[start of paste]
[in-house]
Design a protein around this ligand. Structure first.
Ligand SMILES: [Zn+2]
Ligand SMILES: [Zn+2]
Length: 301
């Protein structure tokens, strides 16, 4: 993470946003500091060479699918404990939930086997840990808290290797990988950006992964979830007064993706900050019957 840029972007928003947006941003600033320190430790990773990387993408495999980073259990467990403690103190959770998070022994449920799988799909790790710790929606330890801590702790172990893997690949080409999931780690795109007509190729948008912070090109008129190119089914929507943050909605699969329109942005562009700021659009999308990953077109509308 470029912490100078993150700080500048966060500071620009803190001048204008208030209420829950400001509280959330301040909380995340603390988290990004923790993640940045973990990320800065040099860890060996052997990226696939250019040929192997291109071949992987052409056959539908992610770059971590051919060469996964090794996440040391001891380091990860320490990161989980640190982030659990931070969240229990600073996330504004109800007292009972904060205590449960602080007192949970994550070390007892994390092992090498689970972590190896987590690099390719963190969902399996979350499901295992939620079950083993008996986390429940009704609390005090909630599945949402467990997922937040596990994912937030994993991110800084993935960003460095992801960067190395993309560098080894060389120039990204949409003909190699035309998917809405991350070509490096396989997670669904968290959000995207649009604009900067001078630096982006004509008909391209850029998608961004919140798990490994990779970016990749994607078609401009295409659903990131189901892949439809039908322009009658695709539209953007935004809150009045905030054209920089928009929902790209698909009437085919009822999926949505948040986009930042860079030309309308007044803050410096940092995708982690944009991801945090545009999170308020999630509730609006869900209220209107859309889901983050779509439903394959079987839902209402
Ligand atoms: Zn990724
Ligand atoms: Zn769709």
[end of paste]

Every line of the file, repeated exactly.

[in-house]
Design a protein around this ligand. Structure first.
Ligand SMILES: [Zn+2]
Ligand SMILES: [Zn+2]
Length: 301
């Protein structure tokens, strides 16, 4: 993470946003500091060479699918404990939930086997840990808290290797990988950006992964979830007064993706900050019957 840029972007928003947006941003600033320190430790990773990387993408495999980073259990467990403690103190959770998070022994449920799988799909790790710790929606330890801590702790172990893997690949080409999931780690795109007509190729948008912070090109008129190119089914929507943050909605699969329109942005562009700021659009999308990953077109509308 470029912490100078993150700080500048966060500071620009803190001048204008208030209420829950400001509280959330301040909380995340603390988290990004923790993640940045973990990320800065040099860890060996052997990226696939250019040929192997291109071949992987052409056959539908992610770059971590051919060469996964090794996440040391001891380091990860320490990161989980640190982030659990931070969240229990600073996330504004109800007292009972904060205590449960602080007192949970994550070390007892994390092992090498689970972590190896987590690099390719963190969902399996979350499901295992939620079950083993008996986390429940009704609390005090909630599945949402467990997922937040596990994912937030994993991110800084993935960003460095992801960067190395993309560098080894060389120039990204949409003909190699035309998917809405991350070509490096396989997670669904968290959000995207649009604009900067001078630096982006004509008909391209850029998608961004919140798990490994990779970016990749994607078609401009295409659903990131189901892949439809039908322009009658695709539209953007935004809150009045905030054209920089928009929902790209698909009437085919009822999926949505948040986009930042860079030309309308007044803050410096940092995708982690944009991801945090545009999170308020999630509730609006869900209220209107859309889901983050779509439903394959079987839902209402
Ligand atoms: Zn990724
Ligand atoms: Zn769709």